Federal Courts and Nominations

Supreme Court scrutinizes judicial recusal

By Matthew T. Mangino

On Feb. 29, the U.S. Supreme Court heard arguments in Williams v. Pennsylvania. The Williams case could set new standards for judicial recusals in courtrooms across the country. Convicted murderer Terrance Williams is challenging his death sentence because the district attorney whose office prosecuted his case, Ronald Castille, was chief justice when the Pennsylvania Supreme Court overturned his right to a new sentence hearing.

The issue has become so controversial, a group of former judges wrote a brief on behalf of Williams trying to persuade the U.S. Supreme Court that Castille crossed the line, wrote Tony Mauro of the National Law Journal.

Jeffrey Green, counsel of record on the judge’s brief, said the “distinguished former judges” behind the brief were adamant that “Appellate judges do not operate in silos, and the effect of a biased judge’s participation cannot be reduced to a ‘no harm, no foul’ determination based on vote distribution.” The Williams decision — by the Castille court — was unanimous.

Williams asked Castille to disqualify himself from hearing his appeal. Castille refused, telling the Philadelphia Inquirer before the U.S. Supreme Court argument, “In Pennsylvania, we leave it up to the judge’s personal conscience … I’ve always been confident that I can be fair and impartial.”

The Pennsylvania Code of Judicial Conduct requires judges who “served in governmental employment, and in such capacity participated personally and substantially” in a case, to disqualify themselves. According to the National Law Journal, the code also requires disqualification in proceedings in which a judge “served as a lawyer in the matter in controversy” or in which the judge’s “impartiality might reasonably be questioned.”

Pennsylvania lawyer Lawrence Fox of Drinker Biddle & Reath told the The Legal Intelligencer in another judicial ethics case in Pennsylvania, “I believe avoiding the appearance of impropriety is as important as avoiding impropriety itself … [w]e want the public to have confidence in the decisions of the courts.”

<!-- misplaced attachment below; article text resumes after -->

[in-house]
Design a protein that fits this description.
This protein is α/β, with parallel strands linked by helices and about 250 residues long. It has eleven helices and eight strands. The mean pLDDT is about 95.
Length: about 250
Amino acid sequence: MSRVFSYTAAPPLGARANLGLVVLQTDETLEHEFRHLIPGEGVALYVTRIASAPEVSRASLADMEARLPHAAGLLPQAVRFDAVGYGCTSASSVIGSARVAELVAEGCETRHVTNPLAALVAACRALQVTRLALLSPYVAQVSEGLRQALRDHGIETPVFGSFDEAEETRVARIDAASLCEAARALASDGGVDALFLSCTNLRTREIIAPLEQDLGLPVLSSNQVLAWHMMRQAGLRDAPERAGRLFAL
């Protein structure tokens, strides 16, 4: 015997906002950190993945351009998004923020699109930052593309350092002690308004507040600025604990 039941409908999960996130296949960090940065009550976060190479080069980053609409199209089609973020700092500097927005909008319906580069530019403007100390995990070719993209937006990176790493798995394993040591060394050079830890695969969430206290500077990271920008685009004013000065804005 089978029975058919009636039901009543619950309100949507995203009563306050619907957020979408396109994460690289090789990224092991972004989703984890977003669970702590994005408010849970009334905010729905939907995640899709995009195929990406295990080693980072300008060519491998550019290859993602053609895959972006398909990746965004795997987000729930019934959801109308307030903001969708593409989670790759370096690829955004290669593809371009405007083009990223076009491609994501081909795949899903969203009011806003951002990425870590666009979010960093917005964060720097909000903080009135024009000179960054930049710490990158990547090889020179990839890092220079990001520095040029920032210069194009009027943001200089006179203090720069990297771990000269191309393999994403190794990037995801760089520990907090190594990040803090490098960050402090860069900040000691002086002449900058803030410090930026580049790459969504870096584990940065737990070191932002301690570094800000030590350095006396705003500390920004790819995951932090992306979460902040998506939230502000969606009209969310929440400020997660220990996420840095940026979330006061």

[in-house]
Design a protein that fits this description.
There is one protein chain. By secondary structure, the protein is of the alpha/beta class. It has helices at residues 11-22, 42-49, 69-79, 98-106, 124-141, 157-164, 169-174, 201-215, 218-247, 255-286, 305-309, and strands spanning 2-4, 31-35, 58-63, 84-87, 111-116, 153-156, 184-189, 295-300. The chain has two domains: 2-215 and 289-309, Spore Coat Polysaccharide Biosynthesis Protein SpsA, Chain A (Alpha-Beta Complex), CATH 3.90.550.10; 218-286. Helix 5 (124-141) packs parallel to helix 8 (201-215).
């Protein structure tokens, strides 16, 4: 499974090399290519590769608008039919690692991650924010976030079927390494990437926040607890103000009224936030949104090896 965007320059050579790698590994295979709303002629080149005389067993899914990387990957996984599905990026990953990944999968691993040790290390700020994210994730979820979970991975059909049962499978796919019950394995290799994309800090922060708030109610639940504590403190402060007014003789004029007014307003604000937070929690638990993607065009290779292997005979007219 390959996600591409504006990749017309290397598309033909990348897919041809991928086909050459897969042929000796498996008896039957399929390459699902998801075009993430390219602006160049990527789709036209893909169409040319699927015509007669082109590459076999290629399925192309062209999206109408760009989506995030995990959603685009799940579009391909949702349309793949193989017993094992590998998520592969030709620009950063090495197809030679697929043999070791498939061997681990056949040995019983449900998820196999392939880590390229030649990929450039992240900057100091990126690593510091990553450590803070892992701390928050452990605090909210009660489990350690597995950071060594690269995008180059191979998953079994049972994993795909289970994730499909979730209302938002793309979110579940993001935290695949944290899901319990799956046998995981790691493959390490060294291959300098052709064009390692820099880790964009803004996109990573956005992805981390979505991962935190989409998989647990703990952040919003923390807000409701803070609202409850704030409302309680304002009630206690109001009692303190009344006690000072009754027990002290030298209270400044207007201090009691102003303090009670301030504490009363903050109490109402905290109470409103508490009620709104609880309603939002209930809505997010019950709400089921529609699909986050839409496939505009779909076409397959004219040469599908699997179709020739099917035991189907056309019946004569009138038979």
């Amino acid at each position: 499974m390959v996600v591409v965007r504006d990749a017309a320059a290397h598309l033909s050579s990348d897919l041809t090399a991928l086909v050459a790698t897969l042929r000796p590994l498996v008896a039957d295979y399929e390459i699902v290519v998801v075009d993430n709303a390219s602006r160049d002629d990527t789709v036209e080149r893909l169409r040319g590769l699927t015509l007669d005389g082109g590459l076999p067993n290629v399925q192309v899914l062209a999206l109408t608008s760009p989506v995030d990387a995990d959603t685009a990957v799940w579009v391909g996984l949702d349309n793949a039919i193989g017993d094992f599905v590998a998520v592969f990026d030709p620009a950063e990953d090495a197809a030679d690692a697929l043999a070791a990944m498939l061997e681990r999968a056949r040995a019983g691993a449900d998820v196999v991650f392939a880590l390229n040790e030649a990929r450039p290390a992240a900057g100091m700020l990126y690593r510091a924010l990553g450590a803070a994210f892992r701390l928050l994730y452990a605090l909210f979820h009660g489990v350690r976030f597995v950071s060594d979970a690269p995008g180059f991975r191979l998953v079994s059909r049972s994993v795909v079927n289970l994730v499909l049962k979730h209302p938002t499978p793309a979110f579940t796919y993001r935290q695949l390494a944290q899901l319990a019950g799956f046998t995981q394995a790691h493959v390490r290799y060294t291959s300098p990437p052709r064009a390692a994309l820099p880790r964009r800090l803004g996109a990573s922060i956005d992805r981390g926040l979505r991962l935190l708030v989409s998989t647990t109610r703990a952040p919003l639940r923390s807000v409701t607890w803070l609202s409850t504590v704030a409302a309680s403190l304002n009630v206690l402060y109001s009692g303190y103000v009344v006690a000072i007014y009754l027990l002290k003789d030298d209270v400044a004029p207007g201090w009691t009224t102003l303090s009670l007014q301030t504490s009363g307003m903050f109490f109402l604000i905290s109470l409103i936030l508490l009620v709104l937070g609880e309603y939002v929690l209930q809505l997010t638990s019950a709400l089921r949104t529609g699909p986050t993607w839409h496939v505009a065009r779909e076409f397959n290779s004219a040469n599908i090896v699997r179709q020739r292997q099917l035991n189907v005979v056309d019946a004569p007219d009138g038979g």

The Philadelphia DA’s office argued that Castille played only a fleeting part in Williams’ prosecution, limited to signing off on the decision to seek the death penalty. “His signature on that (capital case) memo, in January 1986, was his first, last and only contact with this case,” prosecutors said during oral argument before the U.S. Supreme Court.

A majority of U.S. Supreme Court justices voiced concern that Castille participated in the case. Justice Sonia Sotomayor said, “The judge here actually signed his name to the review of the facts and the decision to seek the death penalty.”

Justice Anthony Kennedy asked Stuart B. Lev, of the Philadelphia Public Defender’s office, “Well, what is the rule, then, that you’re formulating … [r]ecusal is required when, and fill in the blank?” Lev replied, “When the prosecutor has direct personal involvement in a substantial decision in the case, and the issue before the court reflects upon that decision.”

Justice Elena Kagan indicated Castille should have recused himself because he personally signed off on seeking the death penalty. “He made the most important decision that could be made in this case,” Kagan said.

Brianne J. Gorod, chief counsel of the Constitutional Accountability Center wrote, “By deciding to judge the conduct of his own office in a case in which he was personally involved, Castille created a judicial conflict so obvious and so extreme that it violated the Due Process Clause’s guarantee of an impartial justice system.”

Chief Justice John Roberts, suggested to the Philadelphia DA’s office, “I mean, if the individual who should have been recused occupied a dominant role in the discussion and was successful in persuading colleagues and all that — and of course, that’s the sort of evidence you certainly can’t have access to.”

A decision is expected this summer from the high court.



This piece reprinted in more than 125 outlets through Gatehouse Media.

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